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Recently Updated Plant Articles

pine tree with twisted trunk and branches and relatively long needles

Pitch Pine (Pinus rigida)

Updated June 13th, 2024

A scrubby, fire-adapted pine that often grows in harsh conditions, such as dry, acidic, sandy or rocky soil.

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White Avens

White Avens (Geum canadense)

Updated May 30th, 2024

An perennial with inconspicuous flowers native and common across much of central to eastern North America.

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Philadelphia Fleabane

Philadelphia Fleabane (Erigeron philadelphicus)

Updated May 18th, 2024

A common and widely-distributed biennial or short-lived perennial of moist sites, native across North America.

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Recently Updated Ecoregion Articles

a river in the foreground, and a flat landscape with mostly evergreen trees, tall snowy mountains in the distance
North America » Northwestern Forested Mountains » Boreal Cordillera »

Copper Plateau

Updated June 19th, 2024

A cold, flat, poorly-drained region in Southcentral Alaska, surrounded by ice-covered mountains.

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a river curving through a valley with sloped walls, with patchy forest interspersed with open meadows, in a hilly landscape
North America » Northwestern Forested Mountains » Boreal Cordillera »

Interior Highlands and Klondike Plateau

Updated June 18th, 2024

An area of interior Alaska and western Yukon with hilly terrain, mostly unglaciated and only spottily forested.

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Recently Updated ID / Comparison Guides (See All)

collage of Common Milkweed and Hemp Dogbane

Common Milkweed (Asclepias syriaca) vs. Hemp Dogbane (Apocynum cannabinum)

Updated June 19th, 2024

These two species are in the same family, and are easily confused early in the season. Both are long-rhizomatous, with simple, opposite leaves with entire margins. Later in the season, they can easily be told apart by flowers, seed pods, or branching habit. Common milkweed ranges into drier conditions and is more tolerant of sandy and/or clayey soils, whereas hemp dogbane ranges farther west and south, prefers loamy soils, and is more tolerant of temporary spring flooding.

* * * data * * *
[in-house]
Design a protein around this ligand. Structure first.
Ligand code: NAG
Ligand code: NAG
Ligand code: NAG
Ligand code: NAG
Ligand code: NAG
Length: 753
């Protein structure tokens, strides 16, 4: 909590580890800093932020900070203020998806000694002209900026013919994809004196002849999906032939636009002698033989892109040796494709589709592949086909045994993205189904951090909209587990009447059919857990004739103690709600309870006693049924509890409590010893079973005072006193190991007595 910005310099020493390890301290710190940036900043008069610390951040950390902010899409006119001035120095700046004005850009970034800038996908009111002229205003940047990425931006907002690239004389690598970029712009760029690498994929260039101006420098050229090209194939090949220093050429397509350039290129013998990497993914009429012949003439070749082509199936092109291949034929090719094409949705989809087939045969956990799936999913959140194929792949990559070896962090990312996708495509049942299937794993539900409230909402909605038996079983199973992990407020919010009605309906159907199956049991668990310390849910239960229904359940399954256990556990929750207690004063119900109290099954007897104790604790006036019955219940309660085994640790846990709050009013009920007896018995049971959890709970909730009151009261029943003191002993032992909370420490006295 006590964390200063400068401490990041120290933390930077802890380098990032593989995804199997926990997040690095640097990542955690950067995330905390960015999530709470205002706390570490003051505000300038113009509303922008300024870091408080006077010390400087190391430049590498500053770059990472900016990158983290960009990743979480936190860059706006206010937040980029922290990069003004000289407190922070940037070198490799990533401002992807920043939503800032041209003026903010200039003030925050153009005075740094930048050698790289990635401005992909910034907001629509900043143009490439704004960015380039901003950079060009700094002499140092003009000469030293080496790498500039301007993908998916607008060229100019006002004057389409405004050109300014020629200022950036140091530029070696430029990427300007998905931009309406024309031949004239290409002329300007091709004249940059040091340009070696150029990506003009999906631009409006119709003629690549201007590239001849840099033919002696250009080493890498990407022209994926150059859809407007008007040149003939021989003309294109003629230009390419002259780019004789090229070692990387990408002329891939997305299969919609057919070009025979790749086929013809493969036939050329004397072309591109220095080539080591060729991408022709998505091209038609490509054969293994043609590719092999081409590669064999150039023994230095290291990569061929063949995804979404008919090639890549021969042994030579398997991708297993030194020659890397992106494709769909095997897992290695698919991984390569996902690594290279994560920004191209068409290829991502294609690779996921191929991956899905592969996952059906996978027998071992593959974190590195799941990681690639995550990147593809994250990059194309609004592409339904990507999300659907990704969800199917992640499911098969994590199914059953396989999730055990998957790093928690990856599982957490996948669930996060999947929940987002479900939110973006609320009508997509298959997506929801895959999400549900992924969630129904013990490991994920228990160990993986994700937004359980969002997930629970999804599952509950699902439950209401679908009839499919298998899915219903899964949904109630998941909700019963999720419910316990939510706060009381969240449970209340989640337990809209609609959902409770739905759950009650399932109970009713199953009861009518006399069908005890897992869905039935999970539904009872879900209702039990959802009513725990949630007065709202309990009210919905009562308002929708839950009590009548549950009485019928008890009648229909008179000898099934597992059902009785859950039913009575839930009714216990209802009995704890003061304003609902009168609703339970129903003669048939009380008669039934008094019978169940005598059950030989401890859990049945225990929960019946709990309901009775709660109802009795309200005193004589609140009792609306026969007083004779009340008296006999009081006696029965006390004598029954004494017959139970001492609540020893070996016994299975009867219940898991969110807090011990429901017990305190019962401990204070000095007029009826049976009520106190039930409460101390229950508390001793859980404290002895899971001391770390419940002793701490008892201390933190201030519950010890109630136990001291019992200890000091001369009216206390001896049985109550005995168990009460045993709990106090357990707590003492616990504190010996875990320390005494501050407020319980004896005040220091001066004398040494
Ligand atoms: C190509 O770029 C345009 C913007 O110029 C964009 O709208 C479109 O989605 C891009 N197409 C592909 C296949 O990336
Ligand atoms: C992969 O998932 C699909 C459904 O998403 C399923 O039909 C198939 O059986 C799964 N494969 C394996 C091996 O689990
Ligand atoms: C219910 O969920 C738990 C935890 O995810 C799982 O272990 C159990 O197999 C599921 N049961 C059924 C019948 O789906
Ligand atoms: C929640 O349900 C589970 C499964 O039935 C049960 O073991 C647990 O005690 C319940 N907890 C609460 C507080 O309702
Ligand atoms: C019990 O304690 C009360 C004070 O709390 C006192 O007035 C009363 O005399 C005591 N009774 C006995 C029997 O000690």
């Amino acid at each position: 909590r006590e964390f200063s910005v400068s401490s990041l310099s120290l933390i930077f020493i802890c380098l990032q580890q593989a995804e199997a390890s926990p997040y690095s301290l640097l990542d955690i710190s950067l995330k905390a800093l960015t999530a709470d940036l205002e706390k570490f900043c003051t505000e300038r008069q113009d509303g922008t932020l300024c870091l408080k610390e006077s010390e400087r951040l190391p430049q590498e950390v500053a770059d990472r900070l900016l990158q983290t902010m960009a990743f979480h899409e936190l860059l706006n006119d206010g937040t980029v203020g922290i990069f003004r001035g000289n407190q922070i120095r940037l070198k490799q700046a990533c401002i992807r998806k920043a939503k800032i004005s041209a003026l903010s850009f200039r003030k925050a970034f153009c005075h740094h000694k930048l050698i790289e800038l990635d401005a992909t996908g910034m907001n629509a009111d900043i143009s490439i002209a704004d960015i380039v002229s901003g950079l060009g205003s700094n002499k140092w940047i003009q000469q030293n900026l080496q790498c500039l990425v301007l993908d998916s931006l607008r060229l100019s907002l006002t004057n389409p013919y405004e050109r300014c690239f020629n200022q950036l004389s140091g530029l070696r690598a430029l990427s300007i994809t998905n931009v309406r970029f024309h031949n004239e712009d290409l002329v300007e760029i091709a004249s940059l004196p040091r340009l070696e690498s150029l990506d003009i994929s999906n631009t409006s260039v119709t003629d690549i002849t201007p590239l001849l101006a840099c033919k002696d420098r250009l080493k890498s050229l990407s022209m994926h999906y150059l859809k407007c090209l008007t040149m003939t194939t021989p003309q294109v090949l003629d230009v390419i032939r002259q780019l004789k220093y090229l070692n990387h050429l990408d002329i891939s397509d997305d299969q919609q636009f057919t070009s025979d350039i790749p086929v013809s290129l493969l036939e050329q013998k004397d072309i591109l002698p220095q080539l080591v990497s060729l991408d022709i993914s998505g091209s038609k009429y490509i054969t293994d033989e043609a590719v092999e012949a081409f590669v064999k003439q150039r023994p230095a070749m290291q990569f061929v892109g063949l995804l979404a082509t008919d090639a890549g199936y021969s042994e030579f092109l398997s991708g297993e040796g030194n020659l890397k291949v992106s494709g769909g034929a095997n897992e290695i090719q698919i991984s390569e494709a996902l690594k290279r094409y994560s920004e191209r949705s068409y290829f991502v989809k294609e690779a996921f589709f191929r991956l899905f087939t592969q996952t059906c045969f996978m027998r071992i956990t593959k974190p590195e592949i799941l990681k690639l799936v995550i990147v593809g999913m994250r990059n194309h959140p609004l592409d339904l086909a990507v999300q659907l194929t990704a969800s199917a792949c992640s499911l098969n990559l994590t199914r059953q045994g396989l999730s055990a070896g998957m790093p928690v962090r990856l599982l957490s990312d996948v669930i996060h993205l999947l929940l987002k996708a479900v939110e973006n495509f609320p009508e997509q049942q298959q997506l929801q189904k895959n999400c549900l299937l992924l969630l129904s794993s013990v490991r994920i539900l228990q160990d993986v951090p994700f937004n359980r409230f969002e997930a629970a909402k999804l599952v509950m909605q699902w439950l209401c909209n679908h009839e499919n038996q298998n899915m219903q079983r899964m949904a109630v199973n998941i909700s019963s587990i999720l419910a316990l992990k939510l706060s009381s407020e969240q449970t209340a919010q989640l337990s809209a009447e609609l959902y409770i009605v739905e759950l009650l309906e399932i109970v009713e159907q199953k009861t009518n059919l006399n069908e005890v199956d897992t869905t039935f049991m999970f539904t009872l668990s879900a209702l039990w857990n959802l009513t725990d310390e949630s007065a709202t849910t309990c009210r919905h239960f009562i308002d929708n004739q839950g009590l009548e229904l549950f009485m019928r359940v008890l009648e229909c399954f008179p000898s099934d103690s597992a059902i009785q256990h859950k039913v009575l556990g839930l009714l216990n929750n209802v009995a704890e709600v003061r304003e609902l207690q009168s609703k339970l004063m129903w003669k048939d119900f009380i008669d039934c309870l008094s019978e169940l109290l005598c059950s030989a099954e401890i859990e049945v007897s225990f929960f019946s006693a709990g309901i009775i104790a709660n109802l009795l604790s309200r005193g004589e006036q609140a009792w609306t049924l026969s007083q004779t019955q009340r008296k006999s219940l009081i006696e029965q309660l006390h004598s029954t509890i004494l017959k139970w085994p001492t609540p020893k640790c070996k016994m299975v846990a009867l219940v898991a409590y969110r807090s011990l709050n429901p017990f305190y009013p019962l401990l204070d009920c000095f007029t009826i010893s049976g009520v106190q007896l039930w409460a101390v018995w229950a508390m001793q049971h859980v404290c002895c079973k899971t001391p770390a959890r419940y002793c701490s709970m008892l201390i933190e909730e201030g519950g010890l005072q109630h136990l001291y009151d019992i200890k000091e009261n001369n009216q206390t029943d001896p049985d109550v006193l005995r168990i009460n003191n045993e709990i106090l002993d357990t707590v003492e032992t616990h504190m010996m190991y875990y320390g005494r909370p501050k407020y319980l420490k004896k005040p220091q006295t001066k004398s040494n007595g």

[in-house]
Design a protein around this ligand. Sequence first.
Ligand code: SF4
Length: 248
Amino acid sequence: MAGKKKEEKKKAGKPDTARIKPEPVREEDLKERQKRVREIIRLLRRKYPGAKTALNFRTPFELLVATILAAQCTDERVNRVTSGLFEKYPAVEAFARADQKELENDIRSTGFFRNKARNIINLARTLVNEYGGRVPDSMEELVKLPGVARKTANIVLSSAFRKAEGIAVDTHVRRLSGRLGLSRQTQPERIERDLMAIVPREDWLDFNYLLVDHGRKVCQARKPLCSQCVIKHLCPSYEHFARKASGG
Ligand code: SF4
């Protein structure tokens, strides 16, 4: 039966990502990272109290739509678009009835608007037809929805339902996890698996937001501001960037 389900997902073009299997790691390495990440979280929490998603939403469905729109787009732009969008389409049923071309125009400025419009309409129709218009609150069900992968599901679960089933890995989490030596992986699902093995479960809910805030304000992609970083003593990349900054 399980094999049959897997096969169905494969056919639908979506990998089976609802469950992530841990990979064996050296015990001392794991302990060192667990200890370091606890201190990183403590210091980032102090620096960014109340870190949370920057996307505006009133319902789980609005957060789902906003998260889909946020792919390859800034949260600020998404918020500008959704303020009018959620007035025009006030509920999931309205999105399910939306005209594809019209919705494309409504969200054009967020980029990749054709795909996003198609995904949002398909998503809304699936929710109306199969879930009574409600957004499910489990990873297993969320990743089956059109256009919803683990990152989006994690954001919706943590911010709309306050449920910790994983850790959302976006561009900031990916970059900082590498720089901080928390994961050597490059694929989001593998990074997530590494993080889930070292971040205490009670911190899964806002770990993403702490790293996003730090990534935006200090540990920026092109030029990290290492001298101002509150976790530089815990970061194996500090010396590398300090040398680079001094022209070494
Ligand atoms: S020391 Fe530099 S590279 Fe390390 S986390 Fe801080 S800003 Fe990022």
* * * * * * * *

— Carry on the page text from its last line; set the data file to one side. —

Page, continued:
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collage of Spreading Dogbane and Hemp Dogbane

Spreading Dogbane (Apocynum androsaemifolium) vs. Hemp Dogbane (Apocynum cannabinum)

Updated June 19th, 2024

These two species are visually similar and have a large range of overlap, although their habitats overlap little. They are easily distinguished by their blooms, or in winter by seed length, and they also have differences in growth habit. A. androsaemifolium prefers drier, shadier conditions, and acidic, sandy or rocky soil, whereas A. cannabinum is found in sunnier, wetter habitats that only become dry later in summer, with richer, loamy to clayey soil, or on calcareous rocks, and ranges farther south in the eastern and central portions of its range. These species can and do hybridize in much of their range, producing intermediate dogbane (Apocynum ×floribundum), which is uncommon and harder to identify.

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collage of Tall Blue Lettuce and Canada Lettuce

Tall Blue Lettuce (Lactuca biennis) vs. Canada Lettuce (Lactuca canadensis)

Updated June 10th, 2024

Lactuca species have notoriously variable leaf shapes. These species are often confused by people unfamiliar with them, but they are usually easy to tell apart, especially when they are blooming or making seeds. There is significant overlap in habitat, and plants can often be found growing side-by-side, but L. biennis is slightly more shade-tolerant and more restricted to partly-shaded, moister habitats, and more neutral soils, whereas L. canadensis ventures into drier, sunnier conditions, ranges much farther south, and is more tolerant of acidic soils. Because of variability, it is important to check multiple characteristics.

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